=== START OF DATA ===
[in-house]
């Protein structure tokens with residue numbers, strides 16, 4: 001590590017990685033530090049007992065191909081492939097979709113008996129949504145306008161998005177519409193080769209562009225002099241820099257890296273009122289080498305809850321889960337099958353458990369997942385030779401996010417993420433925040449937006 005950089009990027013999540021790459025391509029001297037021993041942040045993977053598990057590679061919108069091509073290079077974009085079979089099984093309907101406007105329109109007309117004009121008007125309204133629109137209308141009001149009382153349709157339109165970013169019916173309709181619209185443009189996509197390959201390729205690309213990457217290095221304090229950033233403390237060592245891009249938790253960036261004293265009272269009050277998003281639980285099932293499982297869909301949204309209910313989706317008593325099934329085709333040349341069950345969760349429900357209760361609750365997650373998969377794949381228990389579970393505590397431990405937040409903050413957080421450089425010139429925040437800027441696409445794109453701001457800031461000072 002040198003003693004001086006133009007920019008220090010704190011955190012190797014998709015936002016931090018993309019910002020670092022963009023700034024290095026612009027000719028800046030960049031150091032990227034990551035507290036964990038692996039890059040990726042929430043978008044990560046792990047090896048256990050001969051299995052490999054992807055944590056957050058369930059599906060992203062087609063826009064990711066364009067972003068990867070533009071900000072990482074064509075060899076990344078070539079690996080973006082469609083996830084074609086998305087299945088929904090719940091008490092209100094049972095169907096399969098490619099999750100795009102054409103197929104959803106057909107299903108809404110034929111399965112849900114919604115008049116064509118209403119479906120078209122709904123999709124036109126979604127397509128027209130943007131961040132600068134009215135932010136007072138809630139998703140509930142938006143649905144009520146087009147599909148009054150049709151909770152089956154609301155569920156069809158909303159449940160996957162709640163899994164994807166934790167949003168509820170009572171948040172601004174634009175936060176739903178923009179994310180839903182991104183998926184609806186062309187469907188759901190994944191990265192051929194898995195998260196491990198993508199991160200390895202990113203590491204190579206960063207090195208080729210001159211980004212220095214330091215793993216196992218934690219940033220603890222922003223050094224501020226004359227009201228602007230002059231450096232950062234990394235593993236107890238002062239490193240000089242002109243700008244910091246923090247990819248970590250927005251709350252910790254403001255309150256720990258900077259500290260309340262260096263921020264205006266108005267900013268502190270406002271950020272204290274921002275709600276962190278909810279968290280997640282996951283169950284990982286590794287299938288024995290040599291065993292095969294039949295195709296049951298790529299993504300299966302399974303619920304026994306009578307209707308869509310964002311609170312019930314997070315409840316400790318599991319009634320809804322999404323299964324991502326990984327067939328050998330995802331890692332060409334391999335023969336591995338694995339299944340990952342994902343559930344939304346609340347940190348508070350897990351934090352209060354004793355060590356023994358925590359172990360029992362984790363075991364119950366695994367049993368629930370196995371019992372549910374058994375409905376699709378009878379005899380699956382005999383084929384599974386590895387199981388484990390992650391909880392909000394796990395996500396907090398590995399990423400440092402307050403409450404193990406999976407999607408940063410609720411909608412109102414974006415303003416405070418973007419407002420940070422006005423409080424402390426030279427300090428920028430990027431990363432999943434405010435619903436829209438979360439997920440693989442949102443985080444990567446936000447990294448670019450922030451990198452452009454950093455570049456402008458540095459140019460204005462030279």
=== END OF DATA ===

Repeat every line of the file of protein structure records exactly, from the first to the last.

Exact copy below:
[in-house]
């Protein structure tokens with residue numbers, strides 16, 4: 001590590017990685033530090049007992065191909081492939097979709113008996129949504145306008161998005177519409193080769209562009225002099241820099257890296273009122289080498305809850321889960337099958353458990369997942385030779401996010417993420433925040449937006 005950089009990027013999540021790459025391509029001297037021993041942040045993977053598990057590679061919108069091509073290079077974009085079979089099984093309907101406007105329109109007309117004009121008007125309204133629109137209308141009001149009382153349709157339109165970013169019916173309709181619209185443009189996509197390959201390729205690309213990457217290095221304090229950033233403390237060592245891009249938790253960036261004293265009272269009050277998003281639980285099932293499982297869909301949204309209910313989706317008593325099934329085709333040349341069950345969760349429900357209760361609750365997650373998969377794949381228990389579970393505590397431990405937040409903050413957080421450089425010139429925040437800027441696409445794109453701001457800031461000072 002040198003003693004001086006133009007920019008220090010704190011955190012190797014998709015936002016931090018993309019910002020670092022963009023700034024290095026612009027000719028800046030960049031150091032990227034990551035507290036964990038692996039890059040990726042929430043978008044990560046792990047090896048256990050001969051299995052490999054992807055944590056957050058369930059599906060992203062087609063826009064990711066364009067972003068990867070533009071900000072990482074064509075060899076990344078070539079690996080973006082469609083996830084074609086998305087299945088929904090719940091008490092209100094049972095169907096399969098490619099999750100795009102054409103197929104959803106057909107299903108809404110034929111399965112849900114919604115008049116064509118209403119479906120078209122709904123999709124036109126979604127397509128027209130943007131961040132600068134009215135932010136007072138809630139998703140509930142938006143649905144009520146087009147599909148009054150049709151909770152089956154609301155569920156069809158909303159449940160996957162709640163899994164994807166934790167949003168509820170009572171948040172601004174634009175936060176739903178923009179994310180839903182991104183998926184609806186062309187469907188759901190994944191990265192051929194898995195998260196491990198993508199991160200390895202990113203590491204190579206960063207090195208080729210001159211980004212220095214330091215793993216196992218934690219940033220603890222922003223050094224501020226004359227009201228602007230002059231450096232950062234990394235593993236107890238002062239490193240000089242002109243700008244910091246923090247990819248970590250927005251709350252910790254403001255309150256720990258900077259500290260309340262260096263921020264205006266108005267900013268502190270406002271950020272204290274921002275709600276962190278909810279968290280997640282996951283169950284990982286590794287299938288024995290040599291065993292095969294039949295195709296049951298790529299993504300299966302399974303619920304026994306009578307209707308869509310964002311609170312019930314997070315409840316400790318599991319009634320809804322999404323299964324991502326990984327067939328050998330995802331890692332060409334391999335023969336591995338694995339299944340990952342994902343559930344939304346609340347940190348508070350897990351934090352209060354004793355060590356023994358925590359172990360029992362984790363075991364119950366695994367049993368629930370196995371019992372549910374058994375409905376699709378009878379005899380699956382005999383084929384599974386590895387199981388484990390992650391909880392909000394796990395996500396907090398590995399990423400440092402307050403409450404193990406999976407999607408940063410609720411909608412109102414974006415303003416405070418973007419407002420940070422006005423409080424402390426030279427300090428920028430990027431990363432999943434405010435619903436829209438979360439997920440693989442949102443985080444990567446936000447990294448670019450922030451990198452452009454950093455570049456402008458540095459140019460204005462030279």